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If you're not set up for online fundraising, the time to start is now

Jakob Nielsen, a user experience consultant, predicts that most charitable donations will come through digital channels by 2020. Is your organization ready?

Begin with a donor-friendly website

The mechanics of online fundraising are relatively straightforward. The true challenge is dealing with donor psychology.

Research from the Nielsen Norman Group reveals that donors have high expectations of nonprofits. Before parting with their money, people tend to ask specific questions:

  • What does your organization do? Website visitors want to find the answer within 60 seconds of finding your website. Put the answer on your home page and make it simple to understand. State your ultimate outcome and target population in eight words or less — for example, "reducing rates of binge drinking in college undergraduates."
  • How will my donation be used? People don't necessarily expect that all of their donations will go directly to programs and client services. But donors do want a clear statement of how their money is spent. If you fail to provide this information or make it hard to find, people will wonder if you're trying to hide something.
  • Can I trust you? Website visitors also look for social proof of your organization's credibility. You can provide this through testimonials, endorsements and ratings from watchdog groups such as Charity Navigator and GuideStar. Also state the number of years that your organization has been in existence and provide a mailing address for donors who prefer not to donate online.

Set up to receive online donations

You have several options for allowing website visitors to make online payments in a safe and secure way.

One possibility is to add a donation button to your website. You can do this through services such as PayPal and Razoo. These vendors require you to add a few lines of code to your organization's website, so find someone with the necessary know-how. If you already use a donor management system, then check to see if it can create a donation button for you.

You can also accept donations through Facebook. If your organization already has a page on this social network, then consider adding a "Causes" tab for online donations.

Another option is to accept donations through fundraising services. There are dozens of companies that take online donors to a secure third-party site to process credit card payments. Examples include Network for Good, 4aGoodCause, JustGiving and Virgin Money Giving.

Fundraising services offer benefits to small nonprofits that don't have the technology capacity to set up firewalls, encrypt data and install other privacy safeguards. It pays to shop around, though. When choosing a fundraising service, ask these questions:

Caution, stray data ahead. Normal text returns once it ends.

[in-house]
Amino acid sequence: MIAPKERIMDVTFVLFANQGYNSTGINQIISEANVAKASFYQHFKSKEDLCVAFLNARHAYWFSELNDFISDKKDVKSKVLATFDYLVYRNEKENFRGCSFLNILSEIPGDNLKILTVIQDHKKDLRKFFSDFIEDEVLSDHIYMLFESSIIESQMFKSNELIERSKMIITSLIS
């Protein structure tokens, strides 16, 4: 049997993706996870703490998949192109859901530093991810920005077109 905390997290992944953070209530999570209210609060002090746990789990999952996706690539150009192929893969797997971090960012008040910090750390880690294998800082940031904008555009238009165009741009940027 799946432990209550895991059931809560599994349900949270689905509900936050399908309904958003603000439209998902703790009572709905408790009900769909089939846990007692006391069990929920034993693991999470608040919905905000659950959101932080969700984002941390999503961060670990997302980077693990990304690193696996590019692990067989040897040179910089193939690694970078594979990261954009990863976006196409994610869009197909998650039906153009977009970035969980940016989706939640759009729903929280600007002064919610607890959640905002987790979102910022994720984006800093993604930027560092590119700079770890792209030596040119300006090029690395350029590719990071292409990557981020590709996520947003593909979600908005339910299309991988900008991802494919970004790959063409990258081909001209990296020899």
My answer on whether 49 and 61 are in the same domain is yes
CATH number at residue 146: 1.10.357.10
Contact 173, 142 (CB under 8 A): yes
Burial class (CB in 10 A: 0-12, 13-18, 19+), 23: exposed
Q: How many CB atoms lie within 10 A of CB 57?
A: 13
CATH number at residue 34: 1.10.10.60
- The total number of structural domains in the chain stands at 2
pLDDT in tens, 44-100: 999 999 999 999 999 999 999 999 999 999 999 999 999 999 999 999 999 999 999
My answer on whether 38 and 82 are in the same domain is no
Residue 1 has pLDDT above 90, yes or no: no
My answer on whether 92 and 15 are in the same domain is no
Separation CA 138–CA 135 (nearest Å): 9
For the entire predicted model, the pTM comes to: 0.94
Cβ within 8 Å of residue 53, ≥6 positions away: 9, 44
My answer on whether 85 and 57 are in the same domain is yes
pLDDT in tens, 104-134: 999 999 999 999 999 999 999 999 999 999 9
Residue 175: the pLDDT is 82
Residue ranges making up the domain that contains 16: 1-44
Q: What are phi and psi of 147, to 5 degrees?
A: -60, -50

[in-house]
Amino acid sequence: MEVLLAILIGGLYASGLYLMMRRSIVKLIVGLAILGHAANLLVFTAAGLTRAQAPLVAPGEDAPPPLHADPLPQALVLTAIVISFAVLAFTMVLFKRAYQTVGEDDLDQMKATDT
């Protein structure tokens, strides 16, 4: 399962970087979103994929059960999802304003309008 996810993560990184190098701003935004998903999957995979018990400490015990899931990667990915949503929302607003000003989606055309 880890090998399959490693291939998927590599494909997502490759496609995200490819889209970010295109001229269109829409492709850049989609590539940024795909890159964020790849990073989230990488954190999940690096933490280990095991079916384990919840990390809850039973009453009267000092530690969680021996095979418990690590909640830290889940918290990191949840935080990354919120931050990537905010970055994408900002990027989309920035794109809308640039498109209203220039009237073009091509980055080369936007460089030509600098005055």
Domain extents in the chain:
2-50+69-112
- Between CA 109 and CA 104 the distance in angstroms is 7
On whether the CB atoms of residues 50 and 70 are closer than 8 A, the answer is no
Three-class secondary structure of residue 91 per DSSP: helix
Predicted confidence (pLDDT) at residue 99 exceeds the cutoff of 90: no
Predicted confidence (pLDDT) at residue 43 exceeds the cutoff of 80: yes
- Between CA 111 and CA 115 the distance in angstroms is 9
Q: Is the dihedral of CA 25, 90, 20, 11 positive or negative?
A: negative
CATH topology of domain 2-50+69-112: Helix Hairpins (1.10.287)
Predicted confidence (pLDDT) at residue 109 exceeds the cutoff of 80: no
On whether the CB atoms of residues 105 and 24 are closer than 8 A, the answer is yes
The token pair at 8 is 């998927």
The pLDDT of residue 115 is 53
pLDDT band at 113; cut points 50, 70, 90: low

• What will the donation page look like? Will it match the rest of your website?
  • What are the fees? Beyond transaction fees, do these include charges for initial set-up and monthly service?
  • Will the provider process payments from all major credit card merchants?
  • Does the provider offer on-screen and email receipts?
  • How does the provider safeguard the privacy of donor data?
  • Can the provider handle premiums and recurring donations?
  • How long will it take to process donations and deposit the funds in your account?
  • Does the provider offer accounting and reporting services, such as the ability to download spreadsheets with donor information? If so, how much do these services cost?
  • Is the provider trusted by others in the sector?

Make sure that online donations are PCI compliant

"PCI" stands for Payment Card Industry. The PCI Data Security Standards Council — which includes American Express, Discover, MasterCard, JCB and Visa International — requires their merchants to meet specific security standards to help prevent credit card fraud. If your organization accepts online donations, understanding PCI compliance is essential — even if your "donate now" button takes supporters to a third party that assumes the responsibility for collecting donor payment information and storing it in a PCI-compliant manner.

Make it easy for people to donate

No matter how you choose to accept donations, provide a direct call to action. Amazingly, nearly one-quarter of the nonprofits in the Nielsen Norman study failed to include this information on their home page.

For best results, make your donation link clearly visible. Also use the words "donate" or "donate now." Avoid indirect language such as "make a contribution" or "become a supporter."

In addition, make the donation process as seamless as possible. Ensure that website visitors move from the donate link to a confirmation page within a few minutes — the less time, the better.

Register for charitable solicitation

In the U.S., many small nonprofits are surprised to learn that soliciting funds for charitable purposes often requires state registration. However, the registration process and required forms differ greatly from state to state. To find out which states require registration, check out this map from Affinity Fundraising Registration. Then, learn when — and how — to register a fundraising campaign.

In the U.K., you must register your charity with the Charity Commission if you have more than £5,000 in annual income — or if you're a charitable incorporated organization (CIO), whatever your income. Check with the Charity Commission for guidance on how to register your charity.



MissionBox editorial content is offered as guidance only, and is not meant, nor should it be construed as, a replacement for certified, professional expertise.



Writer and editor fascinated by knowledge management, behavior change and technology for nonprofits